Humility in Economics

Economics used to be a humble profession. It lost that humility around the time the discipline became more quantitative. Armed with computers and econometrics, economists went from students of human behavior to saviors of humanity. The discipline’s prevailing mindset used to be akin to biologists, seeking to understand organic, evolving, and interacting processes. Now the engineer’s mentality is more common: tinkering, fixing, and improving. Instead of understanding a process, now the goal is to bring about specific results.

This is certainly the correct approach to building a bridge or designing a car. But economies, or rather the people who comprise them, don’t respond as predictably as concrete or steel. Economies are organic and complicated. Each aspect is too inter-related with too many other moving parts for top-down plans to work as intended. Unlike chess pieces, human beings will move around the board on their own.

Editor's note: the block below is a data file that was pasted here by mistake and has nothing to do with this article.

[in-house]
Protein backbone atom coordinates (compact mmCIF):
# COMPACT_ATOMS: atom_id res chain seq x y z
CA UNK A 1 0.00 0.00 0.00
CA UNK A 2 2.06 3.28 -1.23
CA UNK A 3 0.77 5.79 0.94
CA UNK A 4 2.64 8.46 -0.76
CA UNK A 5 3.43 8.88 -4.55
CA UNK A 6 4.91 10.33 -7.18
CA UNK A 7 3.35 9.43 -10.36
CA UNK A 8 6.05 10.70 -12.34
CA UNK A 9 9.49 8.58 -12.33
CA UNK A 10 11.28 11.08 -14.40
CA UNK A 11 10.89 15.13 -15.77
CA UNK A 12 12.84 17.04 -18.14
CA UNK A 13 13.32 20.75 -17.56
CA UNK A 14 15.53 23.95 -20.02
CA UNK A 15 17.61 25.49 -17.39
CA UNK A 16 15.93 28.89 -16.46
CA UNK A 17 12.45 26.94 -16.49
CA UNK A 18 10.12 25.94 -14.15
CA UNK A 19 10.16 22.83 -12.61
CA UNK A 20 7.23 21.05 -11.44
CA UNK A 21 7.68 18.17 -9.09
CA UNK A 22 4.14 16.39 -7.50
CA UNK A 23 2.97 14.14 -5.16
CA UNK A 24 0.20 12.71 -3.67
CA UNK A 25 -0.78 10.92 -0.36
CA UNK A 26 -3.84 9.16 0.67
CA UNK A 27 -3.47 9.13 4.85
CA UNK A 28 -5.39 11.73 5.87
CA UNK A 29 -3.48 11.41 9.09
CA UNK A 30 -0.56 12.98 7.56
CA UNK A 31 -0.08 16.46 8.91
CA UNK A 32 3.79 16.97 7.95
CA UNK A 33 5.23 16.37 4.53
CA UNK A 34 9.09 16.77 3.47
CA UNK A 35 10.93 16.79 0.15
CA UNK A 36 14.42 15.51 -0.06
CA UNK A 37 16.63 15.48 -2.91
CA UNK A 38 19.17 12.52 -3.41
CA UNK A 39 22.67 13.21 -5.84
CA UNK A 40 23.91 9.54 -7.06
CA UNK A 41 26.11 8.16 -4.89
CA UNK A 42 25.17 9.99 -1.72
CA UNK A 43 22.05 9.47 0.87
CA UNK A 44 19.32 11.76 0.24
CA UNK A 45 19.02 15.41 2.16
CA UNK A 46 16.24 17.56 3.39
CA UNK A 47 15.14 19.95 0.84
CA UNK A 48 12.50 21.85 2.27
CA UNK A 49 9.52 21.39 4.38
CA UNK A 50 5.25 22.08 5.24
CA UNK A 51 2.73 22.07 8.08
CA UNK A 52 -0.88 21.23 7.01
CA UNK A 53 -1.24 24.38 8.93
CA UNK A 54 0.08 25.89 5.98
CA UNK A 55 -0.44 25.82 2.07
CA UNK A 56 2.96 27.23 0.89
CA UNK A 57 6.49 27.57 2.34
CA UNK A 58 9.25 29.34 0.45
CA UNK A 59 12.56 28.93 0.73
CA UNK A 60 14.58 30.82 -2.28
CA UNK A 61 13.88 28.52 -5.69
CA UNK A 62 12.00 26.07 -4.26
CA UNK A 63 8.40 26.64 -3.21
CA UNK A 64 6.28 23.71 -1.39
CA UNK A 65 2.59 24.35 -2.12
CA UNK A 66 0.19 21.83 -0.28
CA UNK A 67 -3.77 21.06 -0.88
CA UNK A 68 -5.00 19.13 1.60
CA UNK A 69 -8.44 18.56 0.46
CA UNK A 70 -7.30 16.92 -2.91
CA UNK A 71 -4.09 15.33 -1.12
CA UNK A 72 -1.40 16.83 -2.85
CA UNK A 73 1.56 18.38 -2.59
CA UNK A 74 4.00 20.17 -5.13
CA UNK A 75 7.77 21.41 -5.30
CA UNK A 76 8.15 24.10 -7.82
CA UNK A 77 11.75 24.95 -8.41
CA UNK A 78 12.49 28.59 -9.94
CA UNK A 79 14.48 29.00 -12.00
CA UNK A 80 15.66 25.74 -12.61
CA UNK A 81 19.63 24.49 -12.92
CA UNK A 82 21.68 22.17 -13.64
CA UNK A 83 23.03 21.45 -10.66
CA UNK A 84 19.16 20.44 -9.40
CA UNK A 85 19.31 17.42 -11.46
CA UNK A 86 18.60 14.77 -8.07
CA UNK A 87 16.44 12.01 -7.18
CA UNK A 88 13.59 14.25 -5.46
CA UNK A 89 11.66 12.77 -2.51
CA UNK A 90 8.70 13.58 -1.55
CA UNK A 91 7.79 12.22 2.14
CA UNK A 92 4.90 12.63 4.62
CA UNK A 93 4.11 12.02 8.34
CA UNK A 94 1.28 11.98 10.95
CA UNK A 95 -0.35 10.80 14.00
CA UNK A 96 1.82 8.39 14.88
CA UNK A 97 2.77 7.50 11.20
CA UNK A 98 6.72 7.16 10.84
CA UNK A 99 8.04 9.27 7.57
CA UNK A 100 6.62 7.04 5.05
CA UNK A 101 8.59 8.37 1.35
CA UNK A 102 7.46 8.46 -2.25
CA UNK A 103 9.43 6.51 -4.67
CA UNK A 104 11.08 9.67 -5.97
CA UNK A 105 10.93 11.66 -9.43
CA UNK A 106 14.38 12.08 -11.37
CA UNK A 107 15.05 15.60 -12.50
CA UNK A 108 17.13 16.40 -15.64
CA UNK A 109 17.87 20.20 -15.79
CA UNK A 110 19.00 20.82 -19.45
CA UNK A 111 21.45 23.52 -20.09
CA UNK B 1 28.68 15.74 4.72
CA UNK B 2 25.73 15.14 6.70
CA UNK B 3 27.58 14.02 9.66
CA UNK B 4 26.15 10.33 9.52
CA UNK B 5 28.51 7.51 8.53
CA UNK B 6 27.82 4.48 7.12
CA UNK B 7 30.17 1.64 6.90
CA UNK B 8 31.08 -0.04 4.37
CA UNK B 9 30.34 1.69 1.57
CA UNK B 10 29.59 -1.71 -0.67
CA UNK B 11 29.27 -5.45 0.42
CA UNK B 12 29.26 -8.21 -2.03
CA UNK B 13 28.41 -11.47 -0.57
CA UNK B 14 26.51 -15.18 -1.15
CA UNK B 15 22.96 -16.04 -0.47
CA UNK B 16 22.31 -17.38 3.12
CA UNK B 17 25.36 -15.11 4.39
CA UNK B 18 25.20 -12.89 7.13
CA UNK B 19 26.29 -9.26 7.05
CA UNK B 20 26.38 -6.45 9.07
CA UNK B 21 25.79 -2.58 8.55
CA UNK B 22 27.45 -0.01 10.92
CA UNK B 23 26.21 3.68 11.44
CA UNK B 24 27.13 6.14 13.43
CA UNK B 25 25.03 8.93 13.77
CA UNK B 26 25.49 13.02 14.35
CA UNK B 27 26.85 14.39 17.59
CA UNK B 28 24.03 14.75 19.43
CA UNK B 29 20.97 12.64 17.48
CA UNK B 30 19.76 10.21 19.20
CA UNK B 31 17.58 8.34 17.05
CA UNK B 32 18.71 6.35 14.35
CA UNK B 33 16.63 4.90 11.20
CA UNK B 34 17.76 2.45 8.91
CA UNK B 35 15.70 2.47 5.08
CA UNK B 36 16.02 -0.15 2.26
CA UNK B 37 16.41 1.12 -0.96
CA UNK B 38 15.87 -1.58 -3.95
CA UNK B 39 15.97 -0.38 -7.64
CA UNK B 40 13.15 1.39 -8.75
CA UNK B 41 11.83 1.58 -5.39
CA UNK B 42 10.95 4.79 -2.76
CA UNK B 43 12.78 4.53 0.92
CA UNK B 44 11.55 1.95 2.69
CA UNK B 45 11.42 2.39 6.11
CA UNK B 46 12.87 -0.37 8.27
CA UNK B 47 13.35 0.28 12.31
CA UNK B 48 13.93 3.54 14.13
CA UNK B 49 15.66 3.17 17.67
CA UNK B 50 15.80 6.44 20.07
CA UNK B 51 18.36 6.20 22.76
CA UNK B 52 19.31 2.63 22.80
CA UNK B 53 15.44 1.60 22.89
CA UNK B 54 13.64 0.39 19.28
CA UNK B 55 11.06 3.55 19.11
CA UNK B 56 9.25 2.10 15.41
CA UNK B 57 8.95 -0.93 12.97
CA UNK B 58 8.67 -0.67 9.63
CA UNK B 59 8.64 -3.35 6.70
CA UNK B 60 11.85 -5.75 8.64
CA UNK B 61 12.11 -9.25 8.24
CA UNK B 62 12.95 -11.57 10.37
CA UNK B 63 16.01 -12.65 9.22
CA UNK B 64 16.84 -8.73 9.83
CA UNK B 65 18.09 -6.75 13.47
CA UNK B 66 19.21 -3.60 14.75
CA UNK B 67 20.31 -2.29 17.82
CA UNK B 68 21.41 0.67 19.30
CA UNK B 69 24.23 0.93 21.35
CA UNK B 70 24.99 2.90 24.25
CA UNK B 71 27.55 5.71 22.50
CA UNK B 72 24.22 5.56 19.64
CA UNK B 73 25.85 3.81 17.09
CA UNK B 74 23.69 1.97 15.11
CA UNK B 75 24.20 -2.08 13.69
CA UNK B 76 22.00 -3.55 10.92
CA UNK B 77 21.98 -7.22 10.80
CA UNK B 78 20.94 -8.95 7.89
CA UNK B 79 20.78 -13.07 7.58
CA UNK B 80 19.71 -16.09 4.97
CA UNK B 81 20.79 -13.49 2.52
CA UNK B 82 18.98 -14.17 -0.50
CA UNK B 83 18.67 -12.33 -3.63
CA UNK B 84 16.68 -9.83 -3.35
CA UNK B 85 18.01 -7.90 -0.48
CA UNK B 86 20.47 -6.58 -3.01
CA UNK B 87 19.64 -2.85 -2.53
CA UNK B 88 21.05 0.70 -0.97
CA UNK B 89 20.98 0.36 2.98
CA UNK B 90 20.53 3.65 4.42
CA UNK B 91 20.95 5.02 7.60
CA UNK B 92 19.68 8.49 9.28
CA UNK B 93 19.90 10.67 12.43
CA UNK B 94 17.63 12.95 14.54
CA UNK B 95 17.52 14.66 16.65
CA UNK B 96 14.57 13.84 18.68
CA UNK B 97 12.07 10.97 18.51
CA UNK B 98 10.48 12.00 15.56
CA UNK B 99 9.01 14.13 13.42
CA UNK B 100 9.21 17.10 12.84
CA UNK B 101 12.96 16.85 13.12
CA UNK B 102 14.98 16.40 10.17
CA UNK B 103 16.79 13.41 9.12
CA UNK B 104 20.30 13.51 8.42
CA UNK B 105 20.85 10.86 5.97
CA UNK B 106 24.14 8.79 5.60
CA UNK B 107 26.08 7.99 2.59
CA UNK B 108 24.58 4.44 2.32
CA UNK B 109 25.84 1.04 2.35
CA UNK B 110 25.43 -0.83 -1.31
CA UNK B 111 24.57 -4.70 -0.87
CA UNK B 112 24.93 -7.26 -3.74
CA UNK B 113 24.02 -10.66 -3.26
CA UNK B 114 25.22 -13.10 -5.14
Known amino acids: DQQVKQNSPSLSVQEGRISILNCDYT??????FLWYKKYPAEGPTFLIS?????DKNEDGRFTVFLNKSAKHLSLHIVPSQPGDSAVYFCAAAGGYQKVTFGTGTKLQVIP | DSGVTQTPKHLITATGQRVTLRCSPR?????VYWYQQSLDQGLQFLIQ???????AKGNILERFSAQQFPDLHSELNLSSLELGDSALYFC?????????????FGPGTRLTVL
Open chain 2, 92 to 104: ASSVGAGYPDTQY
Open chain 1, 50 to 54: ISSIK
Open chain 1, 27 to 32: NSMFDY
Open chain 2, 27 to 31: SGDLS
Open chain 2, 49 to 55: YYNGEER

Peter Boettke is the rare economist who remains intellectually humble. And that makes this short interview with him worth watching (click here if the embed doesn’t work).


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